Admirably ambitious and with a terrorist plot that isn’t the same old, same old.

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MISSIONS

A devastating terrorist bombing in Paris sparks a joint French-American investigation with conflicting methods and agendas in this debut thriller.

McGuire instantly sets an indelibly grisly and chaotic scene: the aftermath of two savage explosions—several minutes apart—of unprecedented magnitude. Enter Christine Dupont, who works for the French version of the FBI and CIA combined. But the CIA wants in on the investigation. “We have an interest here too,” she is told. “We can stay in the background, but we would like to be closely involved.” As the investigation progresses, the author shifts perspectives among the story’s good and bad actors. Among the former is 29-year-old Doyle O’Gara, who has just started a job in the Washington office of a security firm and is “excited to be joining the fight, no matter how small or peripheral his role might turn out to be.” Among the latter is Mohammed Jamal, who is portrayed with more depth than the usual villain in such cases. (“He had not intended there to be so many bodies.”) Terrorist plots and the race against time to foil possible imminent attacks are at this point reliable tropes for action fans, but McGuire heightens suspense by juggling several timelines. Chapters are subtitled “Six months before the attack,” “First day of the investigation,” “One month after the Paris attack,” and so on. O’Gara’s character gets muddied as the story progresses. He is dismissed at one point as “a marginal character, a techie.” But at another point, he himself reflects how his company duties “had been growing, rather rapidly it had seemed to him at the time.” Things aren’t made any clearer by this sentence: “He had not foreseen that he would play such a central role, albeit a minor one, in the investigation that swiftly followed.” Readers may either be disappointed or impressed by how the author subverts expectations for Jack Ryan–like heroics. Dupont, though, has the right stuff to carry a franchise of espionage adventures.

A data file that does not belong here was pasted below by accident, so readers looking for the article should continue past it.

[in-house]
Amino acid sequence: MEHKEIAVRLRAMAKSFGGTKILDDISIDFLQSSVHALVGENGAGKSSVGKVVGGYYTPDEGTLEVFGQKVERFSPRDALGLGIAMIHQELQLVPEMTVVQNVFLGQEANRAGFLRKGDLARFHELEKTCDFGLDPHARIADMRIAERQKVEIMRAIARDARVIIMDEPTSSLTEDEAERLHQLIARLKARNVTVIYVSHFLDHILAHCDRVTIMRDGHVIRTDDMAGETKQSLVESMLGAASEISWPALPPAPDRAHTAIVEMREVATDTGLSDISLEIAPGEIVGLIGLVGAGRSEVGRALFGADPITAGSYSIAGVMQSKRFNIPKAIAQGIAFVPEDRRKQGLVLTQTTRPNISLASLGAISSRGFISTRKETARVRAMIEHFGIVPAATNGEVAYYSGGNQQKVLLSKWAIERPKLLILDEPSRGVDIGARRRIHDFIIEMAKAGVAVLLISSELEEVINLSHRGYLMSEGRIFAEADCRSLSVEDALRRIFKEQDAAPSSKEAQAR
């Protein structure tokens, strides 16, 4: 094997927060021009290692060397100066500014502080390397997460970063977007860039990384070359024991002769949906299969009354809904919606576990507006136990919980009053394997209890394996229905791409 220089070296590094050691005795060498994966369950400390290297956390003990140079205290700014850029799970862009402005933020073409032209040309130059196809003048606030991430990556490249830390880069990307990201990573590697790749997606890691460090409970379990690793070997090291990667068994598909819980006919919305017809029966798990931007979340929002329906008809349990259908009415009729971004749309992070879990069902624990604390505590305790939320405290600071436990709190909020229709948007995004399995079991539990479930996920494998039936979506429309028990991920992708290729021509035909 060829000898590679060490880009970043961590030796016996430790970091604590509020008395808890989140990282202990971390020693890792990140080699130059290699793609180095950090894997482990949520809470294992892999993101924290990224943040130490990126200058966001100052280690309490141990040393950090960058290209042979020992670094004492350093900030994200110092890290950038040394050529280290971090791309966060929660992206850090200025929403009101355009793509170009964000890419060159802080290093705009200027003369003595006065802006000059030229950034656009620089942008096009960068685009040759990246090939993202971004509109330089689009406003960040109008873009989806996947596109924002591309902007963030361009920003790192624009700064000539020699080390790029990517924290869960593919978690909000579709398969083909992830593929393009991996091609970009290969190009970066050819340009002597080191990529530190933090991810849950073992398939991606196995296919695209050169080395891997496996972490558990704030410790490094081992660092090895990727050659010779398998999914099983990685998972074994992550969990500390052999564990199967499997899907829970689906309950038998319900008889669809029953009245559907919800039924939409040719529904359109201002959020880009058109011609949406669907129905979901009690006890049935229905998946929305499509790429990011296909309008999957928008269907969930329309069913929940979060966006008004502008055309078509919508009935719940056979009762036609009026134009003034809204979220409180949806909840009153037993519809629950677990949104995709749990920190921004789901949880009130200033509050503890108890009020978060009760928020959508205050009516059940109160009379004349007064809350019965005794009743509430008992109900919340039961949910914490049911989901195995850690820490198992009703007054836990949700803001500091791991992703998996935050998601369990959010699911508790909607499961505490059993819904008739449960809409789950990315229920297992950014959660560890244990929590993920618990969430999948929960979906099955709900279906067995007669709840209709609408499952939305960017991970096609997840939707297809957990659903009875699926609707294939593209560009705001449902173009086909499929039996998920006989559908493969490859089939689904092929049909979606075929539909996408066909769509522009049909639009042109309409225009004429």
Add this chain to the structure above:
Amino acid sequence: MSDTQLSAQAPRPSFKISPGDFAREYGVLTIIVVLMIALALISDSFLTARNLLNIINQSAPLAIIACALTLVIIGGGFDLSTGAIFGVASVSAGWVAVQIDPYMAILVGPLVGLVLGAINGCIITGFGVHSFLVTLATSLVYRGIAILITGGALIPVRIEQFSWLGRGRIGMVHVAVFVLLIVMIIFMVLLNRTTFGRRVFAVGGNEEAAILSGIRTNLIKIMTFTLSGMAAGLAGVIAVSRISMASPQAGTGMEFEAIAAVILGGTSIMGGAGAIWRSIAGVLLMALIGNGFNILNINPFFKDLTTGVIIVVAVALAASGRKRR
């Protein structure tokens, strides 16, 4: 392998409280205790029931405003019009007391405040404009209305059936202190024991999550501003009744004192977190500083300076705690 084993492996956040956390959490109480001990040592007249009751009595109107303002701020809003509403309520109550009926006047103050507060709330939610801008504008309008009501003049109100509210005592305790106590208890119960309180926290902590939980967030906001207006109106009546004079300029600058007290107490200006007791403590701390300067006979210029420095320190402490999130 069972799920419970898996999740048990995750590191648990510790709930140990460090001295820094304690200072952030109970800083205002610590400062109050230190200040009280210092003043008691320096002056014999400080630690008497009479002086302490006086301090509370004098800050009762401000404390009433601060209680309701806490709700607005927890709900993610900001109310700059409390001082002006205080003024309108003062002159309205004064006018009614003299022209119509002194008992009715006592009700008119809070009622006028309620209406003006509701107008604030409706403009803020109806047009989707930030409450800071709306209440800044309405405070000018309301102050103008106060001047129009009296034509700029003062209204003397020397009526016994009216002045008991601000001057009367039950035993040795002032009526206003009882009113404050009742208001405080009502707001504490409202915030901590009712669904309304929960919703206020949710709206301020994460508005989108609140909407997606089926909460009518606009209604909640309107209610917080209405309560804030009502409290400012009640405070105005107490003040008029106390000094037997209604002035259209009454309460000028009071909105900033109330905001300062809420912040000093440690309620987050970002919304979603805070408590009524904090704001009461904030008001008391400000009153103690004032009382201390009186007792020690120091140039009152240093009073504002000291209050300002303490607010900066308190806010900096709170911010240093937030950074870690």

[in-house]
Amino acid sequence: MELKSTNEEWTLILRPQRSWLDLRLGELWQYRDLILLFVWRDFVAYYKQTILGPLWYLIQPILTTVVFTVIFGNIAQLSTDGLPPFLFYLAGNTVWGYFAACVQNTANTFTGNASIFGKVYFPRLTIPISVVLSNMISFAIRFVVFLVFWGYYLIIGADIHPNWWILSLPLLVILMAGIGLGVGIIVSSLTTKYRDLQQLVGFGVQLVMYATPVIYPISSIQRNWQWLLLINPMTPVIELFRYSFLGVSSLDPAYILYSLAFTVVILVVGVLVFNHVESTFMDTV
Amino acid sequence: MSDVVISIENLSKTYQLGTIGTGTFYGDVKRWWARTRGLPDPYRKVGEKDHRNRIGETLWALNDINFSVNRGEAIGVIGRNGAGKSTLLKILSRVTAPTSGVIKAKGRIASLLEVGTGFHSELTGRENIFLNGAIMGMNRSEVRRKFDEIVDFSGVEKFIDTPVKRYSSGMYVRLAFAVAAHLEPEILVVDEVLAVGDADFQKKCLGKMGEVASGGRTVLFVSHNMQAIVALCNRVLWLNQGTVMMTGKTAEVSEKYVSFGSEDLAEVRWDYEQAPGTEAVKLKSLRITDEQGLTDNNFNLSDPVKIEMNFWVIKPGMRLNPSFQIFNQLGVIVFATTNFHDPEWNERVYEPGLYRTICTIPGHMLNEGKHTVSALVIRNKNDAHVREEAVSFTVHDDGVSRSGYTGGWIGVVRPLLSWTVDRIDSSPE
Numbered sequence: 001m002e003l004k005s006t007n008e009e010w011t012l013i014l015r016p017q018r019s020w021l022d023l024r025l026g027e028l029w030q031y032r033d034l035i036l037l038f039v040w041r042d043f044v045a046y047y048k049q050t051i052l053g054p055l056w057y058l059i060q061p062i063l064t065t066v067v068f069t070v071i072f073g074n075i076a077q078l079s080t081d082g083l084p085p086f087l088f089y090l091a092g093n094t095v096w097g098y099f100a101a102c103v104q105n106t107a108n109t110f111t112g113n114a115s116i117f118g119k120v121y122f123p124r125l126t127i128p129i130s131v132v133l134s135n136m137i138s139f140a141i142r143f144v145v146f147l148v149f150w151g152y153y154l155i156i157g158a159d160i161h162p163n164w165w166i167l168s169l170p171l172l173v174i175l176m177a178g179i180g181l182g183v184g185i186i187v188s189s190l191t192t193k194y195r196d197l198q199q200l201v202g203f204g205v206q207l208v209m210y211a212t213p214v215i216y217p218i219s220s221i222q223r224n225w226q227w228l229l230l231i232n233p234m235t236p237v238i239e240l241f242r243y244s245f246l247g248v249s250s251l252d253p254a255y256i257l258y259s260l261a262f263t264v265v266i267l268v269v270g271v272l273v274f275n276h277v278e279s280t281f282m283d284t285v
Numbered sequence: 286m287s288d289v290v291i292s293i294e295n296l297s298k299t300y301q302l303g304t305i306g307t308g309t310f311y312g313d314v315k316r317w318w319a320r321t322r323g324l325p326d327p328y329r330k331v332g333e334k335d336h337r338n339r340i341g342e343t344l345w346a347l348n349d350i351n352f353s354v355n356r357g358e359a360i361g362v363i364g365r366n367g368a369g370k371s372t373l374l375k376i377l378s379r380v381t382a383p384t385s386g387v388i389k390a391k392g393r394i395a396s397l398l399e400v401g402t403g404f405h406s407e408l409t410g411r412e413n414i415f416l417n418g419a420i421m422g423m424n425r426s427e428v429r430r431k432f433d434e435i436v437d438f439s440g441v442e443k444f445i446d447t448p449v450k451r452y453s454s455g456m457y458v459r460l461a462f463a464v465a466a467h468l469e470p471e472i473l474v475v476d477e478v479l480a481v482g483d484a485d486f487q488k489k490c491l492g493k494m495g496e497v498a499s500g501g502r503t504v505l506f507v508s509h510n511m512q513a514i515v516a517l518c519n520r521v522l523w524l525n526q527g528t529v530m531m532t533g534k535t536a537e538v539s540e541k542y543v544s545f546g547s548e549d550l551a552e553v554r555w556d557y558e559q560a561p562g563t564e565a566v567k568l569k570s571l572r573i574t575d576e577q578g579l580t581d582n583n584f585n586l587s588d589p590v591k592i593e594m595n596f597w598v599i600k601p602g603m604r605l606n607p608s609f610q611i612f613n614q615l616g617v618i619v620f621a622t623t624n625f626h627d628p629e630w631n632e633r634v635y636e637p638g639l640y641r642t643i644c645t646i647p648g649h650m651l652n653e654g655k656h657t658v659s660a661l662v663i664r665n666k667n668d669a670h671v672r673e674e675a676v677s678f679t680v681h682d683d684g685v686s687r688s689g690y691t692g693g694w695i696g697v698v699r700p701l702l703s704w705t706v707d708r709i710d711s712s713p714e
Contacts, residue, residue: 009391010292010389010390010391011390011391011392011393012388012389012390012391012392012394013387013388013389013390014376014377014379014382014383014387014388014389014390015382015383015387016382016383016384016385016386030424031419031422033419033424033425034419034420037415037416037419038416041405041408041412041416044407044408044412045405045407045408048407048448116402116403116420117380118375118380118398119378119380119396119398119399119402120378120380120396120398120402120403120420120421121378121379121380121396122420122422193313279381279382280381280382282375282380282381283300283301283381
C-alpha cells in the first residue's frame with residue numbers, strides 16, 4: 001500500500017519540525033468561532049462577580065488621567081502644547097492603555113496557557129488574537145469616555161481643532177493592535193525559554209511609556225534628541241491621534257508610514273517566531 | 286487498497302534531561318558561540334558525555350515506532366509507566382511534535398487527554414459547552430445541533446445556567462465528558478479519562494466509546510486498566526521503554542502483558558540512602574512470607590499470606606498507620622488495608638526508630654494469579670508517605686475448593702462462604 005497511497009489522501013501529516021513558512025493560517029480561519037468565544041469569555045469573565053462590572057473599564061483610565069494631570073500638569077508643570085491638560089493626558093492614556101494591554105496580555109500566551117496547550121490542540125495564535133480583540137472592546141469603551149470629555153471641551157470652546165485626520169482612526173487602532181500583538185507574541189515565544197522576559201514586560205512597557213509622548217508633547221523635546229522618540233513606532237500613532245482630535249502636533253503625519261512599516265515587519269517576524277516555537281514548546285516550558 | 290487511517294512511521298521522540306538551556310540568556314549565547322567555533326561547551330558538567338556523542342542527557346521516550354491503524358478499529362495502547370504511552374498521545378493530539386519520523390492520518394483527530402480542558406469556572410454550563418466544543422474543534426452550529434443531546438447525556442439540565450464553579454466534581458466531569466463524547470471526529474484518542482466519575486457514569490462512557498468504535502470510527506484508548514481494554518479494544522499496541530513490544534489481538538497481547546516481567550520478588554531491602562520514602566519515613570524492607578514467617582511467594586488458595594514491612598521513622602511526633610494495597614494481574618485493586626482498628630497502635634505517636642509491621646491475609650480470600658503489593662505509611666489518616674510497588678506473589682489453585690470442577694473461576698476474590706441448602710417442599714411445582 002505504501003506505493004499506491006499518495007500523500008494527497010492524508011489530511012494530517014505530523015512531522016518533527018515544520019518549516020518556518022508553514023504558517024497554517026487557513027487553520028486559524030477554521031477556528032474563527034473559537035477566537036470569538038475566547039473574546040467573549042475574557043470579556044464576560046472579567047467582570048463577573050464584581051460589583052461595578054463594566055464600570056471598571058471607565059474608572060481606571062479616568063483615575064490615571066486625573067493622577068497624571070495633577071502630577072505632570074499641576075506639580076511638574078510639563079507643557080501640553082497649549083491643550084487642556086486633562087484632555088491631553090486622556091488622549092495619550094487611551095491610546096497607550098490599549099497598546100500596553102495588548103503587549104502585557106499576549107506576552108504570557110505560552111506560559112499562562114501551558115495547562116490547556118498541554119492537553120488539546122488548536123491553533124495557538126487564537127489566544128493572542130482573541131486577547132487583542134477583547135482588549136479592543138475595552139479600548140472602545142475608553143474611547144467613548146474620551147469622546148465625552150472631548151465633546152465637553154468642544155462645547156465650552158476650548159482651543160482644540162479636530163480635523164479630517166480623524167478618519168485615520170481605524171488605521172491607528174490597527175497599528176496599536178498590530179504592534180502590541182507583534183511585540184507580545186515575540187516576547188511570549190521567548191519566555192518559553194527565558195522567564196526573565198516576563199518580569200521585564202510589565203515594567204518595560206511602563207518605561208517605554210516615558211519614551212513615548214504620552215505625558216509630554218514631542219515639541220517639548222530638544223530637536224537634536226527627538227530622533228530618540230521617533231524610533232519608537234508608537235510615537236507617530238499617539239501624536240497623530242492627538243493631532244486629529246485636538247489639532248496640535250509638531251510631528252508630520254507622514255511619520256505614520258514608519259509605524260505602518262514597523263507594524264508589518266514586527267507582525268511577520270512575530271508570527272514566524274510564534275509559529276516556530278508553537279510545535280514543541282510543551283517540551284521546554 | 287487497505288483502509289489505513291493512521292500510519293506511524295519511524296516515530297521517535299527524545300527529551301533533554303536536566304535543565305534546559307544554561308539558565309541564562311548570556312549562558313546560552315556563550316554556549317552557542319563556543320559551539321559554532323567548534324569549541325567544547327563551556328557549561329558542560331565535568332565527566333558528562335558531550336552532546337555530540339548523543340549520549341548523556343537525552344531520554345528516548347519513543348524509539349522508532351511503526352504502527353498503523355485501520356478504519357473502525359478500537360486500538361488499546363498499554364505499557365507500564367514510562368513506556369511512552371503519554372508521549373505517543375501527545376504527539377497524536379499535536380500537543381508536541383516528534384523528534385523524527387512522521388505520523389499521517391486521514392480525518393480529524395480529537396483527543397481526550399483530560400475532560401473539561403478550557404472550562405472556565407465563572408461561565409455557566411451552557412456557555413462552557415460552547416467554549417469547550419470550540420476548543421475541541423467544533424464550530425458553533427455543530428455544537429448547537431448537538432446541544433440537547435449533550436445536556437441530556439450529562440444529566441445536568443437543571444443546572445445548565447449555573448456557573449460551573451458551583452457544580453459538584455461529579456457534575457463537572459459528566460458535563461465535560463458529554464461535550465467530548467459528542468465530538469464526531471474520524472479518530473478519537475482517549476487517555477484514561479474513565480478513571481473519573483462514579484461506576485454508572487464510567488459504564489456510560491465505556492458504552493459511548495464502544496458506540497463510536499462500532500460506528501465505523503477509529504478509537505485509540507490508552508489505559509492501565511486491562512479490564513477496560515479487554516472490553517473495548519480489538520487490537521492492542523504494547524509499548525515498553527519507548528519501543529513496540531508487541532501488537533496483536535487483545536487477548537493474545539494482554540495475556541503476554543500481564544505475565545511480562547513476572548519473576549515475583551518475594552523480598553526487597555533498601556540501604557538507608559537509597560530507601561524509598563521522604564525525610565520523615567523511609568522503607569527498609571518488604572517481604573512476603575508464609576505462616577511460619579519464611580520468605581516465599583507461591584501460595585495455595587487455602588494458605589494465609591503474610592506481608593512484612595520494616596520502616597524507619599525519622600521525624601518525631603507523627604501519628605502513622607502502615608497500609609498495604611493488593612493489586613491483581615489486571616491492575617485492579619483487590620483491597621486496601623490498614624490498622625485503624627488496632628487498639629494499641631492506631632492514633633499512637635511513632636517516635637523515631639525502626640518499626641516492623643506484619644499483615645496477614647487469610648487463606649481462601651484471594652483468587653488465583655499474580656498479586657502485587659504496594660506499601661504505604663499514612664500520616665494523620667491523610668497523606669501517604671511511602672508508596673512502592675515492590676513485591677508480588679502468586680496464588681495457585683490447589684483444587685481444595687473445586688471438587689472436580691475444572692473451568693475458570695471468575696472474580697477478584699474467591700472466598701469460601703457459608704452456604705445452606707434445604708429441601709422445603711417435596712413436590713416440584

Admirably ambitious and with a terrorist plot that isn’t the same old, same old.

Pub Date: N/A

ISBN: N/A

Page Count: -

Publisher: Manuscript

Review Posted Online: Jan. 22, 2020

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Great storytelling, a quirky hero, and a quirkier plot make this a winner for adventure fans.

CROOKED RIVER

FBI Special Agent Aloysius Pendergast finds evil afoot in his latest action-filled adventure (Verses for the Dead, 2018, etc.).